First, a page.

A sombre note on the sad and serious issues that many seniors face as the years take their toll and physical and mental health fades and the end of their lives approaches. As with most things, personal association creates awareness.
Recently a very old friend in his mid 80s who had had a truly loving long marriage and family engagement, and a fully shared lively and interesting life, was in hospital recovering from a stroke.
Sadly just on the point of returning home he was diagnosed with a recurrence of bowel cancer with intense pain, facing a major high-risk operation with very minimal chance of success. His choice, with a loving and supportive family environment, was that he’d had a wonderful life and his time had come.
At the same time, I have a close relative who has serious emphysema, back pain, mobility issues, and cancer under treatment who lives in the country. She is in and out of hospital in constant pain and with breathing difficulties. Her family are in Australia, and our family is looking to provide the constant palliative care and support that she currently needs. It is not easy.
This article was sparked by a recent lead editorial by Tracy Watkins, editor of the Sunday Star Times, of the paradox of the Government financial support for euthanasia under the End of Life Choice Act and the dire financial state of the Hospice movement and lack of palliative care in general.
Drawing on her own experience with her terminally ill mother her lead paragraph reads: “Anyone who has had to help someone with terminal cancer navigate the health system will know that there are some things that hospitals do brilliantly well, like treating the diseases and prolonging life. They are not so good at other things like supporting someone once they walk out the door”.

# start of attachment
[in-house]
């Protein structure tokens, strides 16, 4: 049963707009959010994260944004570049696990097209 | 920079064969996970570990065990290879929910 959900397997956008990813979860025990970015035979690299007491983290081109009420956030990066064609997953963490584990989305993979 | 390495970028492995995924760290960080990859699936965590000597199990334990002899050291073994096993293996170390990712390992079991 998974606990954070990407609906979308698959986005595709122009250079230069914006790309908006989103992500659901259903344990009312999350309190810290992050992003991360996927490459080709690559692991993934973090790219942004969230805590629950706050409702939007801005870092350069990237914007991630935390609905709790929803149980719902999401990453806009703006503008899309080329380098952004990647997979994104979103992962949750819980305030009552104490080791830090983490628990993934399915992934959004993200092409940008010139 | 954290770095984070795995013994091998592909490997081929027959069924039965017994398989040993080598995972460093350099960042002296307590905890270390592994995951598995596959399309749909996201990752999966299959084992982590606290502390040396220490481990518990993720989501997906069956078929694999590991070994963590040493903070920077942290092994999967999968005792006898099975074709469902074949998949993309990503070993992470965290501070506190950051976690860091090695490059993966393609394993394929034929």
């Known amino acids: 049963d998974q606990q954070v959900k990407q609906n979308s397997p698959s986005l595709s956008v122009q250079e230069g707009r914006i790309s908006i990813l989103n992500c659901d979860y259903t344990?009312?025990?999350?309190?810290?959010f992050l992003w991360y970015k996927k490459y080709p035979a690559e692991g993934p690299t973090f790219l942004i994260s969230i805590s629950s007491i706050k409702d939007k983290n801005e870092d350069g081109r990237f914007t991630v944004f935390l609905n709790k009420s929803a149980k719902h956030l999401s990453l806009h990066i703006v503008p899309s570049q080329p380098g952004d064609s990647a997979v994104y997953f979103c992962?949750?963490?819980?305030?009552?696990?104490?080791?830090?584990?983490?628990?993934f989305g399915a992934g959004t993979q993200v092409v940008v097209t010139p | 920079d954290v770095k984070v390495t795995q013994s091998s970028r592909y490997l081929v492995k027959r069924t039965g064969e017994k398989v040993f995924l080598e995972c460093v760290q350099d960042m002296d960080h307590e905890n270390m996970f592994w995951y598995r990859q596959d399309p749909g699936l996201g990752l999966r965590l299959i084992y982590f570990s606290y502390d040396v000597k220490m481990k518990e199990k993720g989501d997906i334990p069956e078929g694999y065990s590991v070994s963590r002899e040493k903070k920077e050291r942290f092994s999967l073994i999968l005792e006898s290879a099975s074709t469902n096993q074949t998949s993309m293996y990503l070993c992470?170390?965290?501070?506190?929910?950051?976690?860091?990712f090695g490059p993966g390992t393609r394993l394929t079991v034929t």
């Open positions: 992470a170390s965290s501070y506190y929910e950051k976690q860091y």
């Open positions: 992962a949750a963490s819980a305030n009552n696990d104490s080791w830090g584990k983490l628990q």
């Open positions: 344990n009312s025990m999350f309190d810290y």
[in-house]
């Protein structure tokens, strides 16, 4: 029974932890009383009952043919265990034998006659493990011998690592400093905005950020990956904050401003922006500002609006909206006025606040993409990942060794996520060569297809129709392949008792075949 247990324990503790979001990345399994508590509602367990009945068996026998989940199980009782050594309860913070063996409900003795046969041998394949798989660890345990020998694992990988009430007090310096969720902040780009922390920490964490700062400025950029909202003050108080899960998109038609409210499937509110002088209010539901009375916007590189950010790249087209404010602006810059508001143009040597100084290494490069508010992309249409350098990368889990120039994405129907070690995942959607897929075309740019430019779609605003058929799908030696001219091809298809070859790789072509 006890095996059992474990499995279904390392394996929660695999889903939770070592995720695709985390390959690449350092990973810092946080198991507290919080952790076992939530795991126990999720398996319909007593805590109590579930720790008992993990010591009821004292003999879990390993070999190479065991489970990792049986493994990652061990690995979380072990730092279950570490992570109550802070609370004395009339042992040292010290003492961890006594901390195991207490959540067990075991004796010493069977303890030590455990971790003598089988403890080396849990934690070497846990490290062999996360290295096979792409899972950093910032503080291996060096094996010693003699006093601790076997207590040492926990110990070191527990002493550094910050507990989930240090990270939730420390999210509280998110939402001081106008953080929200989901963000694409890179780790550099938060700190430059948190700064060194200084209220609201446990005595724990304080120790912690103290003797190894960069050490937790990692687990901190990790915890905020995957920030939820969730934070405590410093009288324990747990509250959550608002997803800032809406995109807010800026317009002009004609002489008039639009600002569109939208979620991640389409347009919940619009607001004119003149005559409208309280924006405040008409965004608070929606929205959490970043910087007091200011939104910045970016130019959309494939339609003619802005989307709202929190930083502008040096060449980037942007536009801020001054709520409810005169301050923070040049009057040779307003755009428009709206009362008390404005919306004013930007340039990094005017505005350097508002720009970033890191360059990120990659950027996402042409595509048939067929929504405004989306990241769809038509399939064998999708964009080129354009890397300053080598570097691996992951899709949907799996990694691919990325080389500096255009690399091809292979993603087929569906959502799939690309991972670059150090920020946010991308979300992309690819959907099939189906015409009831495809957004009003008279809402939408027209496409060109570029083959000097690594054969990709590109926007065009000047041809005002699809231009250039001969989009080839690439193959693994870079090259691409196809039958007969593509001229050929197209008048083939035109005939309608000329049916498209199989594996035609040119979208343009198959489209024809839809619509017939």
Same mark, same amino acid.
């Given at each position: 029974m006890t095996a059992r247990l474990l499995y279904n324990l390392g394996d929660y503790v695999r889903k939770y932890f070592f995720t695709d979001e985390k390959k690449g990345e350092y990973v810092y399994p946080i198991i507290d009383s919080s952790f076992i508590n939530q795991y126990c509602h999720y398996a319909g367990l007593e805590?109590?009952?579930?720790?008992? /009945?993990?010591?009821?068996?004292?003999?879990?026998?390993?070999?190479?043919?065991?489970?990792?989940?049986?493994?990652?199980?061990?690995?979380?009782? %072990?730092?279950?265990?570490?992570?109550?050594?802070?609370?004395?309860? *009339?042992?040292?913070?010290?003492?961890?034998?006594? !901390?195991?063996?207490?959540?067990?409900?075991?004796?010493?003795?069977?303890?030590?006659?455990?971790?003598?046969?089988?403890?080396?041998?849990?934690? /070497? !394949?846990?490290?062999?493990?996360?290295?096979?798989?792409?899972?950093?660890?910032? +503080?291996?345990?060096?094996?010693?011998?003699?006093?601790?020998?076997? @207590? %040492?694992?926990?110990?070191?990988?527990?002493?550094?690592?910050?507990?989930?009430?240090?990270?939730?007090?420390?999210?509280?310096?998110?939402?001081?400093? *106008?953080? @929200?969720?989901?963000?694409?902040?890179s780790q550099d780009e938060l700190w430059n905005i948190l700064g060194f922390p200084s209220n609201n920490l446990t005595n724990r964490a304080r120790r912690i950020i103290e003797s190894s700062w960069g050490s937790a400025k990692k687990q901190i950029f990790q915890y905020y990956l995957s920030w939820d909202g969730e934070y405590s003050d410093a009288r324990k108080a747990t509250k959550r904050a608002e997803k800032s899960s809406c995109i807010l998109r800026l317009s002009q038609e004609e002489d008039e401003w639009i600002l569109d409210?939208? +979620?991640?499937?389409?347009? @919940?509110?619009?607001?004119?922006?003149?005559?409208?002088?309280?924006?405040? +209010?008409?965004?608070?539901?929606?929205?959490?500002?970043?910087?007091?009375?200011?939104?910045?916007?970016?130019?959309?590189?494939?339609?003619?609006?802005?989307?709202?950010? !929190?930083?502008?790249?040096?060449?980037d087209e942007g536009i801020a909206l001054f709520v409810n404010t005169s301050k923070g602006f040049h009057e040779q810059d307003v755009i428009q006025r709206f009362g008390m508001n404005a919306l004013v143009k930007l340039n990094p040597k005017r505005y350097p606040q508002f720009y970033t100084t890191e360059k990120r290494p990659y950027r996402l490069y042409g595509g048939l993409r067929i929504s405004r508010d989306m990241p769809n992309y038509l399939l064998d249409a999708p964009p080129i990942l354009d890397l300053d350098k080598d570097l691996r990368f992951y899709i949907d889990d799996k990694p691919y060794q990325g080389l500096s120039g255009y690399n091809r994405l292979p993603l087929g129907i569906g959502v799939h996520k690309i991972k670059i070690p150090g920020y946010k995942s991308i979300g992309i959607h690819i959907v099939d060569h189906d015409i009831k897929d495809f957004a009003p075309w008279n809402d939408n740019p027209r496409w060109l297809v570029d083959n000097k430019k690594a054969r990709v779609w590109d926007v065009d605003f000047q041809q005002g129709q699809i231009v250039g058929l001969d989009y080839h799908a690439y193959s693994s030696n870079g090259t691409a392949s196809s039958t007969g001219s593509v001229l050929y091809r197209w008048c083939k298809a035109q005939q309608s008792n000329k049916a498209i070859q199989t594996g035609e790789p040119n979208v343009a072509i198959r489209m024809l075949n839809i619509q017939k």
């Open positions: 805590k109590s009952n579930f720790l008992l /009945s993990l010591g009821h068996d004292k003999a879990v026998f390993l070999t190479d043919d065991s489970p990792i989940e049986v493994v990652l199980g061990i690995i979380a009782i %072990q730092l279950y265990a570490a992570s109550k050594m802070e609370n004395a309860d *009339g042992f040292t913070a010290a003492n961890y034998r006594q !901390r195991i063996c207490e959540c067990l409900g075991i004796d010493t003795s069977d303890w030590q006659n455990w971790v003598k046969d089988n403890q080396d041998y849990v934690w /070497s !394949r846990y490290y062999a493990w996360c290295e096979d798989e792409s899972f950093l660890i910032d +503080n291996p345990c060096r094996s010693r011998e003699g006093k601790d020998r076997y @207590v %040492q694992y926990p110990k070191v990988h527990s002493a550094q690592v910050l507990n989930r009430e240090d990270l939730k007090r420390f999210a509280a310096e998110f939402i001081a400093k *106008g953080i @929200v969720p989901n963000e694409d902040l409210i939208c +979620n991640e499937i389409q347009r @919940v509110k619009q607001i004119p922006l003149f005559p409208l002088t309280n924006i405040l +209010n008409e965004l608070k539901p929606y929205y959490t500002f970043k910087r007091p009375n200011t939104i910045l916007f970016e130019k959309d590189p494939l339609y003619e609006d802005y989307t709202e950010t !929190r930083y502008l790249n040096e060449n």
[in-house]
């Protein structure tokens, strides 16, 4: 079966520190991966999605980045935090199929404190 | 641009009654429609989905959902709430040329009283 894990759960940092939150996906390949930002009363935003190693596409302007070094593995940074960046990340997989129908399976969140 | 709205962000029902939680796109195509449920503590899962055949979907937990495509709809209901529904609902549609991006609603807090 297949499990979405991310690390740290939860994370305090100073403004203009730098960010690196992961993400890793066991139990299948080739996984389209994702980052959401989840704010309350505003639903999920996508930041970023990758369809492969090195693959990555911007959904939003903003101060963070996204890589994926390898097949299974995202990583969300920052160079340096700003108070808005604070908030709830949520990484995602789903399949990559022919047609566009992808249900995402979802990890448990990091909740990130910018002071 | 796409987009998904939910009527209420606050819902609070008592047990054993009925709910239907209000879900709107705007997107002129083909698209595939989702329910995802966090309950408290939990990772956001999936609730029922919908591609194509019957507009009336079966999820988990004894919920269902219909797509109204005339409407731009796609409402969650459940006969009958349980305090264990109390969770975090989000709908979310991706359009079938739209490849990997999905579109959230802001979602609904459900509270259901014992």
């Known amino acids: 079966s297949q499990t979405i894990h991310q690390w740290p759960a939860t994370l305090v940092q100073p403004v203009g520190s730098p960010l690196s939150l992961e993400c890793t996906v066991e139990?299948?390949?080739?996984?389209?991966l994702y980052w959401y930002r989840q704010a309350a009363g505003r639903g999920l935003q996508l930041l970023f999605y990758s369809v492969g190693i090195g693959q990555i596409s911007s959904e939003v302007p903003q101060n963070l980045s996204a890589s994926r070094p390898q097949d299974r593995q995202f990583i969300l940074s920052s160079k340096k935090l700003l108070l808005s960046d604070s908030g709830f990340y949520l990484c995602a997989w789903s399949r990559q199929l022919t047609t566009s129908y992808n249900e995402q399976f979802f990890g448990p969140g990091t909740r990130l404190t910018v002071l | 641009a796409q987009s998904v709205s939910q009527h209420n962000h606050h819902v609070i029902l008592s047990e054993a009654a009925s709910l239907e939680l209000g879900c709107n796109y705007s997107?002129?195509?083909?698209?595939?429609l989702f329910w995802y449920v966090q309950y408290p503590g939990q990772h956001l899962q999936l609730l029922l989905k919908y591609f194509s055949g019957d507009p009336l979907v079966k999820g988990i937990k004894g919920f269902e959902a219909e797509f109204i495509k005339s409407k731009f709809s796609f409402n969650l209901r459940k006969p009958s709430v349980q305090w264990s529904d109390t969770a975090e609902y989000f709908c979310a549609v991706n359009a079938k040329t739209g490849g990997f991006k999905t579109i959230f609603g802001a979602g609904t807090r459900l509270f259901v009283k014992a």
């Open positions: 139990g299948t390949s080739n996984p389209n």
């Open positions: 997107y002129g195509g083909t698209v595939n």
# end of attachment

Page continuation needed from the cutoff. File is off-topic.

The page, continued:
She goes on to say: “The misconception most New Zealanders have about palliative care is that it’s first world standard and that there will be a bed for us if we need it. And it’s true that the end of life care is world class for those who can access the scattering of hospice beds in New Zealand.
Hospices do their job incredibly well. But there are not enough of them.
“So for everyone else, dying with a terminal illness in New Zealand can be a chaotic, confusing, and bewildering time of not knowing where to turn for help. It can also be the opposite of death with dignity – a painful, hideous death, thanks to the paucity of palliative care specialists.”
The same Sunday Star Times edition has a sobering investigation by Nikki McDonald into the shocking state of hospice funding in New Zealand, a wake-up call for us all.
“Painfully, it seems to be that you would be better off choosing euthanasia , rather than roll the dice on accessing professional end-of-life care in a hospice.”
As Nikki’s article points out, euthanasia is fully funded, whereas hospices are only partially funded by the Government. They survive, barely, with donations, and by flogging off second hand goods.
“Euthanasia patients can also get a specialist flown to them for free. No such funding is available to fly a palliative care specialist to a terminally ill cancer patient. The fear is that it is not a free choice at all between euthanasia and palliative care when the odds are so heavily stacked against dying patients accessing the sort of palliative care they deserve.”
As one mum told Nikki about the lack of support to manage a dying baby’s pain at home. “We felt very let down.” As Tracy said “we have all been let down.”
Thank your Tracy and Nikki for highlighting this critical issue so expressively and well.
Time for a campaign to get Hospice and palliative care the Government support it deserves.
Talk to your MP now.
Bill Rayner, President, Grey Power North Shore